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James Franklin has an Ohio State problem.

Of course, so does every other football program in the Big Ten.

The Buckeyes have been just that dominant in recent seasons.

Franklin’s Ohio State problem, however, became more acute in recent weeks on the recruiting trail.

First, in late May, Franklin lost the No. 1 recruit in the state when Southern Columbia’s Julian Fleming picked the Buckeyes over the Lions. A few months back, PSU was considered the favorite to land the nation’s No. 1 wideout recruit.

No matter how you slice it, losing the top recruit from you own backyard must be considered a major defeat, especially for a coach who promised to dominate the state in recruiting upon his arrival in Happy Valley.

Then on Sunday, the Lions’ first verbal commitment in its 2020 recruiting class, four-star offensive lineman Grant Toutant, dropped the Lions in favor of the Buckeyes.

Obviously, there is no guarantee that either player will develop into All-Americans. Recruiting can be more art than science. There is no denying, however, that recruiting remains the life blood of any top program. There’s a reason the top-ranked recruiting classes typically lead to top-ranked teams a few years later.

No top program can consistently lose pivotal recruiting battles to a conference rival and expect to win championships. It just doesn't happen.

Unfortunately for Franklin, those were just two more setbacks in a litany of losses to Ohio State.  

New Day dawns: Even worse, Franklin didn’t lose those recruits to coaching legend Urban Meyer, but to Ryan Day, a head-coaching novice. Day served as Ohio State’s interim head coach for three games last season when Meyer was on administrative leave. That is Day’s only head-coaching experience.

When Meyer resigned after the 2019 season under a cloud of controversy, it was viewed by many as an opportunity for other Big Ten programs, including PSU, to close the gap on the Buckeyes, both in recruiting and on the field.

How the Buckeyes perform on the field under Day has yet to be determined. When it comes to recruiting, however, Day is more than holding his own, especially in the head-to-head showdowns with Franklin. At the moment, Ohio State has the No. 1 recruiting class in the Big Ten, while PSU is listed No. 2.

Closing the gap: There is no doubt that Franklin has closed the gap on Ohio State in recent seasons. The Lions stunned Ohio State in 2016, storming back for a pulsating 24-21 victory in front of frenzied Whiteout crowd at Beaver Stadium. That sparked the Lions to the program’s first and only victory in the Big Ten championship game.

The blue-and-white faithful were hopeful that win was a sign of great things to come for PSU.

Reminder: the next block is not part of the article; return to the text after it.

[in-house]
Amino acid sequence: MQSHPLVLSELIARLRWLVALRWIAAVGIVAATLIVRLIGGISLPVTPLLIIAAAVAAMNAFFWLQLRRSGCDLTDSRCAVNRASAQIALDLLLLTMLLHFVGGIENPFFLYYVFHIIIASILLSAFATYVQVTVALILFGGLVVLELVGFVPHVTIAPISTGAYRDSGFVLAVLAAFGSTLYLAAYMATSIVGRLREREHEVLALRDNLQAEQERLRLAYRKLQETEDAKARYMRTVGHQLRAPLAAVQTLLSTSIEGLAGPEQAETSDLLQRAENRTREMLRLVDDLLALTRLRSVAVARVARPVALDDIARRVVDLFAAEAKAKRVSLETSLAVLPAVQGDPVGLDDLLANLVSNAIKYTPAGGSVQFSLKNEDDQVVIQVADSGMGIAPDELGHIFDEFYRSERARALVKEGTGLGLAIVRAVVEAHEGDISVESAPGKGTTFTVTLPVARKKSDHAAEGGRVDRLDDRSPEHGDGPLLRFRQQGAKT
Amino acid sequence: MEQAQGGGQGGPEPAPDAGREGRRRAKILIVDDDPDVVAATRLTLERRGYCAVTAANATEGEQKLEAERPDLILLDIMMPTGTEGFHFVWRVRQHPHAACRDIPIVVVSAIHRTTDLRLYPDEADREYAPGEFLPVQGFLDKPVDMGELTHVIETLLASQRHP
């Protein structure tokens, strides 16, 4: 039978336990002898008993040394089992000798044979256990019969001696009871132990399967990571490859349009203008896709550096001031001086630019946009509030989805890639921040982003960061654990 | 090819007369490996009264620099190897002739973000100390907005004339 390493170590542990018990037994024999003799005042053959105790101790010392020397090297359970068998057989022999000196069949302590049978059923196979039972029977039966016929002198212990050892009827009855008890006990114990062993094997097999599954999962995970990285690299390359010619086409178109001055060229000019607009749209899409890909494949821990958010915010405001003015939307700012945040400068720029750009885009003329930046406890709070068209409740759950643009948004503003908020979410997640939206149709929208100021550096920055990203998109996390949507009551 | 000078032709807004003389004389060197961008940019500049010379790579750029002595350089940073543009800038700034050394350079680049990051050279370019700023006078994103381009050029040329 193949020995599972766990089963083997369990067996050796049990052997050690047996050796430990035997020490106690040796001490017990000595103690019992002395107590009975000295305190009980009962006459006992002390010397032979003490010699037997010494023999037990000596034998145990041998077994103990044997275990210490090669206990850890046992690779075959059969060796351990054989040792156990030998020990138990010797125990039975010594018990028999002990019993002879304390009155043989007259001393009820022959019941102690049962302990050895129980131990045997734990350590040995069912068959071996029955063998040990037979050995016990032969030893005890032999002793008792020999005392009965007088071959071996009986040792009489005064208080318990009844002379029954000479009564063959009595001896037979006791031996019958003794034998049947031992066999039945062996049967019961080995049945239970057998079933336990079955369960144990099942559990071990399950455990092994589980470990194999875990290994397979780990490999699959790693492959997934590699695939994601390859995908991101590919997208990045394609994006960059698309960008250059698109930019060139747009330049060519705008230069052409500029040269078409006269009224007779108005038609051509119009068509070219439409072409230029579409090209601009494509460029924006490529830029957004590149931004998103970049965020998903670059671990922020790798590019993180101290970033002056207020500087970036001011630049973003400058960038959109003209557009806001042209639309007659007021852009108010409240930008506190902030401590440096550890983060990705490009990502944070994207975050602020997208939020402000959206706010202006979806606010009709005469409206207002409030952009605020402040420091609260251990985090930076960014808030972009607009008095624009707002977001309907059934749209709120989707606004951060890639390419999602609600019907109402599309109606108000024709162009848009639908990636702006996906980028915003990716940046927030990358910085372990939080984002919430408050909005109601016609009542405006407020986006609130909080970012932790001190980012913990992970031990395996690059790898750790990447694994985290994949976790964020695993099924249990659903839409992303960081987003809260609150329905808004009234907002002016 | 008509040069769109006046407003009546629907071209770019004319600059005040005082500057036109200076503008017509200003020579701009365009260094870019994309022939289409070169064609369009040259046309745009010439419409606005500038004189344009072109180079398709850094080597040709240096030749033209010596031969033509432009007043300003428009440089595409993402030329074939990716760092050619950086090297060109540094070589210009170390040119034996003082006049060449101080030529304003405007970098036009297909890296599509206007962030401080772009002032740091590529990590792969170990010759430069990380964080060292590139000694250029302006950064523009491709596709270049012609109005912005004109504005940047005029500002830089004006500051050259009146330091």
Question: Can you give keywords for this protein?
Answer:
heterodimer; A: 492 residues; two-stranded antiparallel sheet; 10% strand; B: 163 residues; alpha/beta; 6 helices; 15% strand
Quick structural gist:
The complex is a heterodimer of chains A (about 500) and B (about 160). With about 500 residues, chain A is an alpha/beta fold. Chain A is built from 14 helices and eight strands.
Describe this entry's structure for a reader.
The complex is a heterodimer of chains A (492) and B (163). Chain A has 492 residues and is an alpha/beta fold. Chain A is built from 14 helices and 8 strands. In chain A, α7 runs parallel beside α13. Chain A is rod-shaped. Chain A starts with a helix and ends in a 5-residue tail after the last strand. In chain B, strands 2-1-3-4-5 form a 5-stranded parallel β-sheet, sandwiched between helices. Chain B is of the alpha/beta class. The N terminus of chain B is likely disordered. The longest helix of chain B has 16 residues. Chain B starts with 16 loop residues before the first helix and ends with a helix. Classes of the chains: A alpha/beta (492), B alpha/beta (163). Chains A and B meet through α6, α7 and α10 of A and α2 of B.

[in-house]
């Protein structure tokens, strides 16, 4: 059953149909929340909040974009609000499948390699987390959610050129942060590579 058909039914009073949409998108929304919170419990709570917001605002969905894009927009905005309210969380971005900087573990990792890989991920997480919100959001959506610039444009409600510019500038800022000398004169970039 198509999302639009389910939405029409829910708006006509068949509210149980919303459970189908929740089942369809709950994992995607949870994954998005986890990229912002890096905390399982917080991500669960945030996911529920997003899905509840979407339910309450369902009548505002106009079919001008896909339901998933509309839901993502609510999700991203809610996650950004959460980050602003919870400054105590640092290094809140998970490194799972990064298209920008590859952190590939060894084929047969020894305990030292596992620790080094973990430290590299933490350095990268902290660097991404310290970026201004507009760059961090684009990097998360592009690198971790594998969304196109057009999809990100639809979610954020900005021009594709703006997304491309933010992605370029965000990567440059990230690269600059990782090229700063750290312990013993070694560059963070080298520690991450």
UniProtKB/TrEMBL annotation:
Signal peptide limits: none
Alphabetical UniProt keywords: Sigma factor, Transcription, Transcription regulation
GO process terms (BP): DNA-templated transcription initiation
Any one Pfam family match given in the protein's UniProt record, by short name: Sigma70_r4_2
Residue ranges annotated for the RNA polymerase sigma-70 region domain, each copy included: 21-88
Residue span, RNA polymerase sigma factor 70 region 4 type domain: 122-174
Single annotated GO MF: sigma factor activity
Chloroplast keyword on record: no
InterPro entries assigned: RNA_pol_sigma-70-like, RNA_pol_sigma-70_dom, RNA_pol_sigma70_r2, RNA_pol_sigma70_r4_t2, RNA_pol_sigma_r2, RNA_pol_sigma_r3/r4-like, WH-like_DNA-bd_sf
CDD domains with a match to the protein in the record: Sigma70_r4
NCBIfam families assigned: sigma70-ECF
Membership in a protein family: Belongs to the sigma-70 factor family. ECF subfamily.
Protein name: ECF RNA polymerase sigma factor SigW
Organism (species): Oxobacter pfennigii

Unfortunately, that victory was followed by a pair of devastating one-point losses to OSU in 2017 (39-38) and in 2018 (27-26). In each of those losses, Franklin’s team blew double-digit, fourth-quarter leads. On each occasion, Franklin’s fourth-quarter sideline decisions came under heavy criticism.

To many, during crunch time, it seemed like Franklin couldn’t match up with Meyer.

Of course, that’s not a damning statement. Meyer, under any win-loss metric, is one of the top college football coaches in history. His record, including his 83-9 mark in seven seasons at Ohio State, is proof of that.

Meyer’s record against Penn State was 6-1, including a 4-1 mark since Franklin arrived in 2014. Now, Franklin deserves to get a pass on his first two years, when the Nittany Lions were operating under severe NCAA sanctions in the wake of the Sandusky scandal.

Going toe-to-toe with Buckeyes: Since that time, Franklin has vastly improved the PSU talent level and the Lions have gone toe-to-toe with Ohio State on the field, only to come up short in the past two match-ups.

There is little doubt that Franklin’s ultimate goal for the Nittany Lions is to become the premier program in the Big Ten and a consistent national title contender.

The road to that goal runs directly through Columbus, Ohio.

Thus far, the Buckeyes have become a roadblock that the Lions have been unable to consistently hurdle.

Meyer’s departure, and the hiring of an inexperienced head coach, gave hope to many in Nittany Nation that the road ahead may finally be clear.

PSU’s recent recruiting setbacks, however, indicate that OSU’s new head coach will be a formidable foe.

That means that James Franklin still has an Ohio State problem.

Steve Heiser is sports editor of The York Dispatch. He can be reached at sheiser@yorkdispatch.com.

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